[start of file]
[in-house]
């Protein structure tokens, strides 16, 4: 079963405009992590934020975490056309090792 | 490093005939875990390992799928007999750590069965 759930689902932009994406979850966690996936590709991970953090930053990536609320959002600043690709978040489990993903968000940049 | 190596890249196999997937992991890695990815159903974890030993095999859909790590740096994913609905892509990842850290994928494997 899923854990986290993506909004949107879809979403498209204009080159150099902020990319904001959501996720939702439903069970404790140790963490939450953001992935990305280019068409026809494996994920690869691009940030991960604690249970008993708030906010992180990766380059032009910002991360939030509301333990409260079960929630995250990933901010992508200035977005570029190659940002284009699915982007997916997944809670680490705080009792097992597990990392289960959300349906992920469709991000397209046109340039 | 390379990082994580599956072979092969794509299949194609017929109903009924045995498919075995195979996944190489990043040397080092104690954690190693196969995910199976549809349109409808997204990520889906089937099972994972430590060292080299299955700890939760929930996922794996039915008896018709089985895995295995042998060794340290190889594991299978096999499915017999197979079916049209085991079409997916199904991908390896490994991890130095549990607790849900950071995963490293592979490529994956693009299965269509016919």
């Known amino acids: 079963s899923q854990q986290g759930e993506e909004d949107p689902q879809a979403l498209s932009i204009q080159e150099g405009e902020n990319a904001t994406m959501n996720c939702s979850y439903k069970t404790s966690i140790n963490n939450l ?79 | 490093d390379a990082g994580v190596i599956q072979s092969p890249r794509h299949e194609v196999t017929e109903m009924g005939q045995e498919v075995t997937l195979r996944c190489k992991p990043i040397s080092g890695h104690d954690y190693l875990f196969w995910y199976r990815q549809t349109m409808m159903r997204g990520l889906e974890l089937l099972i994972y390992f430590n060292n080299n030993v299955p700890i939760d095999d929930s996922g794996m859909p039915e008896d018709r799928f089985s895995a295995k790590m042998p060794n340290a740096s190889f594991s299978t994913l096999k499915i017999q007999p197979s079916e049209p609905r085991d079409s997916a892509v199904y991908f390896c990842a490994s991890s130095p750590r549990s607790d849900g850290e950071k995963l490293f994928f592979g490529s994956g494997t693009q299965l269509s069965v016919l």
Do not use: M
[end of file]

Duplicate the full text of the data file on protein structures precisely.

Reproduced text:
[in-house]
């Protein structure tokens, strides 16, 4: 079963405009992590934020975490056309090792 | 490093005939875990390992799928007999750590069965 759930689902932009994406979850966690996936590709991970953090930053990536609320959002600043690709978040489990993903968000940049 | 190596890249196999997937992991890695990815159903974890030993095999859909790590740096994913609905892509990842850290994928494997 899923854990986290993506909004949107879809979403498209204009080159150099902020990319904001959501996720939702439903069970404790140790963490939450953001992935990305280019068409026809494996994920690869691009940030991960604690249970008993708030906010992180990766380059032009910002991360939030509301333990409260079960929630995250990933901010992508200035977005570029190659940002284009699915982007997916997944809670680490705080009792097992597990990392289960959300349906992920469709991000397209046109340039 | 390379990082994580599956072979092969794509299949194609017929109903009924045995498919075995195979996944190489990043040397080092104690954690190693196969995910199976549809349109409808997204990520889906089937099972994972430590060292080299299955700890939760929930996922794996039915008896018709089985895995295995042998060794340290190889594991299978096999499915017999197979079916049209085991079409997916199904991908390896490994991890130095549990607790849900950071995963490293592979490529994956693009299965269509016919």
């Known amino acids: 079963s899923q854990q986290g759930e993506e909004d949107p689902q879809a979403l498209s932009i204009q080159e150099g405009e902020n990319a904001t994406m959501n996720c939702s979850y439903k069970t404790s966690i140790n963490n939450l ?79 | 490093d390379a990082g994580v190596i599956q072979s092969p890249r794509h299949e194609v196999t017929e109903m009924g005939q045995e498919v075995t997937l195979r996944c190489k992991p990043i040397s080092g890695h104690d954690y190693l875990f196969w995910y199976r990815q549809t349109m409808m159903r997204g990520l889906e974890l089937l099972i994972y390992f430590n060292n080299n030993v299955p700890i939760d095999d929930s996922g794996m859909p039915e008896d018709r799928f089985s895995a295995k790590m042998p060794n340290a740096s190889f594991s299978t994913l096999k499915i017999q007999p197979s079916e049209p609905r085991d079409s997916a892509v199904y991908f390896c990842a490994s991890s130095p750590r549990s607790d849900g850290e950071k995963l490293f994928f592979g490529s994956g494997t693009q299965l269509s069965v016919l």
Do not use: M